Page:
Monday, April 30, 2012

Fault Modelling

The extreme difficulty of obtaining solutions by conventional mathematical analysis has led in the past to the use of highly unrealistic models simply because they led to equations that could be solved. In fact, the applied mathematician has been engaged in a continual tussle with his conscience to decide how far he could go in the direction of distorting his model in order to make the equations tractable. The point is well made in the ancient jest about the examination question that began 'An elephant whose mass can be neglected.....'

 - M.V. Wilkes

Saturday, April 21, 2012

The Ascent of Money

Money does not make the world go round, it makes staggering quantities of people, goods and services go round the world

The Ascent of Money

I have recently started reading the book "The Ascent of Money" by Niall Ferguson. This book carries a lot of insight into the economic history and evolution of the world to the present day financial markets. Needless to say, it conveys a lot of information about human behaviour regarding money since times ancient. I will be sharing some of the interesting quotes I come across in this book on my blog.
The first one to go is

When human beings first began to keep written records of their activities, they did so not to write history, poetry or philosophy, but to do business and keep accounts
 - Niall Ferguson 


Inaction breeds doubt and fear. Action breeds confidence and courage. If you want to conquer fear, do not sit at home and think about it. Go out and get busy

 - Dale Carnegie 

Right to Education in India

Recently the Supreme Court of India upheld the Right to Education act's requirement that all private schools reserve free seats for students from the neighbourhood who cannot afford to pay tuition fees. The middle class which proudly calls itself the face of the nation disliked the idea of having their kids share social space with poor kids. After living in an egalitarian society for three quarters of a year I cannot help but  feel ashamed of the actions of the middle class. Surprisingly these actions come from people who, while growing up have been taught the notion of equality of class and creed.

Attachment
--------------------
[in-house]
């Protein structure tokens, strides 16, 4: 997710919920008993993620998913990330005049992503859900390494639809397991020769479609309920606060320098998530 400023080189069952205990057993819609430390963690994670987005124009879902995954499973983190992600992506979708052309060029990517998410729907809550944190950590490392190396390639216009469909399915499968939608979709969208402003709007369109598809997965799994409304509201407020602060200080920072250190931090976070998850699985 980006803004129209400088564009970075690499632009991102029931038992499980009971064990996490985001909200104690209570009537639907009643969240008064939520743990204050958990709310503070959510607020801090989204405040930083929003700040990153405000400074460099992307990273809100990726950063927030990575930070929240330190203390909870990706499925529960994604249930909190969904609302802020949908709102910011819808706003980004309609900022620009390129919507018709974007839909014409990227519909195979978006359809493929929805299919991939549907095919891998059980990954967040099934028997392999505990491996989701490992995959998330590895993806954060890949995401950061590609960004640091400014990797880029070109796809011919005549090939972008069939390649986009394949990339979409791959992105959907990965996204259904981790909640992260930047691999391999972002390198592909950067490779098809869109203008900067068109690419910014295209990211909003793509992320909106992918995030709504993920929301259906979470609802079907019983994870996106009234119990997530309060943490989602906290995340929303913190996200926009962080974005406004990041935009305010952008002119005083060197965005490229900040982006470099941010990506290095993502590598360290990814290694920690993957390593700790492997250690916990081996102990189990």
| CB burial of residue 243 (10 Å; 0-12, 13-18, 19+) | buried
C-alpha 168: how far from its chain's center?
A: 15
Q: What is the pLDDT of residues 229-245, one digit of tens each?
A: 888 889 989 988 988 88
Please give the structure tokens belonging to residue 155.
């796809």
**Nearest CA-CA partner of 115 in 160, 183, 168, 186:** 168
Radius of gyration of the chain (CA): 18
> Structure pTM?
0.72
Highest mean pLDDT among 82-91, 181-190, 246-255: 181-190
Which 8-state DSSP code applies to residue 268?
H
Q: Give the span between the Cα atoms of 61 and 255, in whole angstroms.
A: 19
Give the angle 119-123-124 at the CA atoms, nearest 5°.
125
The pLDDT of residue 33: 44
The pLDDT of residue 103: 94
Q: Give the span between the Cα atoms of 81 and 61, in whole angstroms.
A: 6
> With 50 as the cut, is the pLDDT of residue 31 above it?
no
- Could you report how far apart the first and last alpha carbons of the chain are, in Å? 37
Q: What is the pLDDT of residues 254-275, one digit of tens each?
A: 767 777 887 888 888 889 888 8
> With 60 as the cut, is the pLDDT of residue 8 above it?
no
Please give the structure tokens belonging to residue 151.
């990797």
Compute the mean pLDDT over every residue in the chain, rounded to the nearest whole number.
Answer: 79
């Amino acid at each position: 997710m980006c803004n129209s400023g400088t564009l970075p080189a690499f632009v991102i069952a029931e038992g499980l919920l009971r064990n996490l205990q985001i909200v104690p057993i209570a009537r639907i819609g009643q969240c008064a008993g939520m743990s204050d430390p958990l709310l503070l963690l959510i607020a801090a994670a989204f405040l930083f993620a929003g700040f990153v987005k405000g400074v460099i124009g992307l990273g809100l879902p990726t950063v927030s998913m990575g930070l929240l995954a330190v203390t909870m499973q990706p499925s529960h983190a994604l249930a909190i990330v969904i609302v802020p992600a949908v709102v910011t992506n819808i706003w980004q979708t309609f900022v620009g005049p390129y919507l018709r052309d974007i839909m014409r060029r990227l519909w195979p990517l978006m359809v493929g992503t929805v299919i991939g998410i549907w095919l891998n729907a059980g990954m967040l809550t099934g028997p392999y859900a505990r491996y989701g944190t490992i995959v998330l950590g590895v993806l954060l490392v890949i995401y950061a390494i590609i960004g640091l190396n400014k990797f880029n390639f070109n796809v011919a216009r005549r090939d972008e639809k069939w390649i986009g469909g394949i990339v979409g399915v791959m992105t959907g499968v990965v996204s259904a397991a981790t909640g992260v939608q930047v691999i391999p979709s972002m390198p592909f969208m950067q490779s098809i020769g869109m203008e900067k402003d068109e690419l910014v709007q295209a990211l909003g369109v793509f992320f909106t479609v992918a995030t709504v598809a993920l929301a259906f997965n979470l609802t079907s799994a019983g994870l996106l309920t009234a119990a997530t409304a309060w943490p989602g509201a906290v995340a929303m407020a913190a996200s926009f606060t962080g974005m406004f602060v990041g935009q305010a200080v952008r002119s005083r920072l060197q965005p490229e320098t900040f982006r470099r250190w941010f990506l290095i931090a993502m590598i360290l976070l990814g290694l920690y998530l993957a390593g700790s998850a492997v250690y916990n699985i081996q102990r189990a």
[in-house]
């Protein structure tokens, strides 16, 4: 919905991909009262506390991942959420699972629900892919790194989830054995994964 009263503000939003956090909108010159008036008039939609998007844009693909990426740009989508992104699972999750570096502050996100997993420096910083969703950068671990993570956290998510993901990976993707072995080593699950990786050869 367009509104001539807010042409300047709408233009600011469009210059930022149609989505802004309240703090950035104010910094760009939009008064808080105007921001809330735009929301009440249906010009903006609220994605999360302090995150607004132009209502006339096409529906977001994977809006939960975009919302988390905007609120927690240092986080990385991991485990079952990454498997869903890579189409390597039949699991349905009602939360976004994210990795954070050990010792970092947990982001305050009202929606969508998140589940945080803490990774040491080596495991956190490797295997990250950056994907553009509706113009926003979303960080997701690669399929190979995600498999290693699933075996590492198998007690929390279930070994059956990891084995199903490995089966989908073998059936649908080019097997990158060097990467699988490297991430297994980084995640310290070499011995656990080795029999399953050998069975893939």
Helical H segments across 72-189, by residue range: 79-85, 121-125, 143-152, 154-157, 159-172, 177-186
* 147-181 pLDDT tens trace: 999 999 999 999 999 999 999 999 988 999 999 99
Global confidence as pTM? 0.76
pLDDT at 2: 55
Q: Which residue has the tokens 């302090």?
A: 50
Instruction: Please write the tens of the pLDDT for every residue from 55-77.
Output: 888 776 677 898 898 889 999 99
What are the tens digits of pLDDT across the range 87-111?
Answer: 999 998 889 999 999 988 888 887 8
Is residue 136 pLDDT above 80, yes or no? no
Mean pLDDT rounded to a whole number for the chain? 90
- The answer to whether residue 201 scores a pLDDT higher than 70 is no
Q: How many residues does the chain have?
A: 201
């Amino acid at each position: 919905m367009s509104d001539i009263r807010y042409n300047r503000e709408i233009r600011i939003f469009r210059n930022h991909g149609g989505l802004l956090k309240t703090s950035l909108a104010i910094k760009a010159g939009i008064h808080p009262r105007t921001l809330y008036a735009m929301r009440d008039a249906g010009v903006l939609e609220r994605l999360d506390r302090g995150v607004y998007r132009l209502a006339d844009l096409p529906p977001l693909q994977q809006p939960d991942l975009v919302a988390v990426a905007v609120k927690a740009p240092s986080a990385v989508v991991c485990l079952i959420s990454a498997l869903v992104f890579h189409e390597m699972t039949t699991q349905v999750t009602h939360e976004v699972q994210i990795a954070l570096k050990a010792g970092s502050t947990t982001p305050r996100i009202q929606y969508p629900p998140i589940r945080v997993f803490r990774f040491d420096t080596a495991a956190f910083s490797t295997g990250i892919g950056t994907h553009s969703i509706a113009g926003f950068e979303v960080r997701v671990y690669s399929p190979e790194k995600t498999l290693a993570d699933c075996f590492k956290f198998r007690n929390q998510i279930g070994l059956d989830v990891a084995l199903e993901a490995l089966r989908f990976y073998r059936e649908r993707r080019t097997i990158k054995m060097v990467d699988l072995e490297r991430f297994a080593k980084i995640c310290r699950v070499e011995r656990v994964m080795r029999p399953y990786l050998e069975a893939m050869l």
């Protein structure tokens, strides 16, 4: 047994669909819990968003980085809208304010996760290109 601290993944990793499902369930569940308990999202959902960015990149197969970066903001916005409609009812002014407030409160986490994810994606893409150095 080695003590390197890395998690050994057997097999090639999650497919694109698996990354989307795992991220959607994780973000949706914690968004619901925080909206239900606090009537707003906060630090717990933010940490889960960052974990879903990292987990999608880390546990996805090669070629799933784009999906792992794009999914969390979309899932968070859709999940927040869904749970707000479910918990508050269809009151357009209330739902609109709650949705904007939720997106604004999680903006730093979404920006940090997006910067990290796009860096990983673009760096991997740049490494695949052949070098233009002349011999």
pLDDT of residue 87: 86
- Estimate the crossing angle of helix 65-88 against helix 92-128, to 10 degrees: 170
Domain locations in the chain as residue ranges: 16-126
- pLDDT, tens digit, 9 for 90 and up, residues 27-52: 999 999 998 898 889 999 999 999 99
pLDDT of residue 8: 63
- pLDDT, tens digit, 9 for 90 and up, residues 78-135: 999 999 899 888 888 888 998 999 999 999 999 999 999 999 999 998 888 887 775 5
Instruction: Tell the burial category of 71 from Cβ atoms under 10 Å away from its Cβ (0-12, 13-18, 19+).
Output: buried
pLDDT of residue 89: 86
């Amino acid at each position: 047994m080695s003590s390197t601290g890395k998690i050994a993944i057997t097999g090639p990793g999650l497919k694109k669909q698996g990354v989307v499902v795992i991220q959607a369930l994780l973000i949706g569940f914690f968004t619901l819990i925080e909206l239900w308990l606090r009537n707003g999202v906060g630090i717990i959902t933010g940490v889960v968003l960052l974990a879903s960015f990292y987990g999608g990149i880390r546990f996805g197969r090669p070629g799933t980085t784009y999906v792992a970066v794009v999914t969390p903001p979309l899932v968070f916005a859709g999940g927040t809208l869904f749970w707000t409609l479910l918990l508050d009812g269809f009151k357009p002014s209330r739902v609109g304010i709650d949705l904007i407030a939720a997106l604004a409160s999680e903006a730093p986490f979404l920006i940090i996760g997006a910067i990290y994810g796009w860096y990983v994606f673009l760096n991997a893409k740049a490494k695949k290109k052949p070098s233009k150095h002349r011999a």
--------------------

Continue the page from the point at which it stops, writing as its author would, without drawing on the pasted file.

My despair is shared by Mihir Sharma in this article. You can clearly see the evidence of his frustration when he uses the choicest of words to rebuke and  criticise the middle class. He goes on to call India the most elitist, unequal, exclusive and stratified country in the world. He may be right given his observations and experiences and on some terms, I agree with him.
In one of his best lines in the article, he says, "The Indian elite confuses its tiny, mediocre incestuous world of networks and inherited advantage with true merit, the one that comes from striving upwards when the circumstances are unfavourable". I truly appreciate the sentiments behind his scathing attack on the Indian middle class.
More such attacks will be needed to truly imbibe in the new generation of Indians, the values of social equality. De-fragmentation of the society is essential before the divide breaks our society into two irreconcilable halves.
When we switched to a free market economy in 1991, we still decided to retain the word 'socialist' in the preamble to  the constitution and maintained that India still was a SOVEREIGN, SOCIALIST, SECULAR, DEMOCRATIC REPUBLIC, the word SOCIALIST standing for equality of status and opportunity.
I hope we as a country realise the importance of an undivided meritocratic society soon.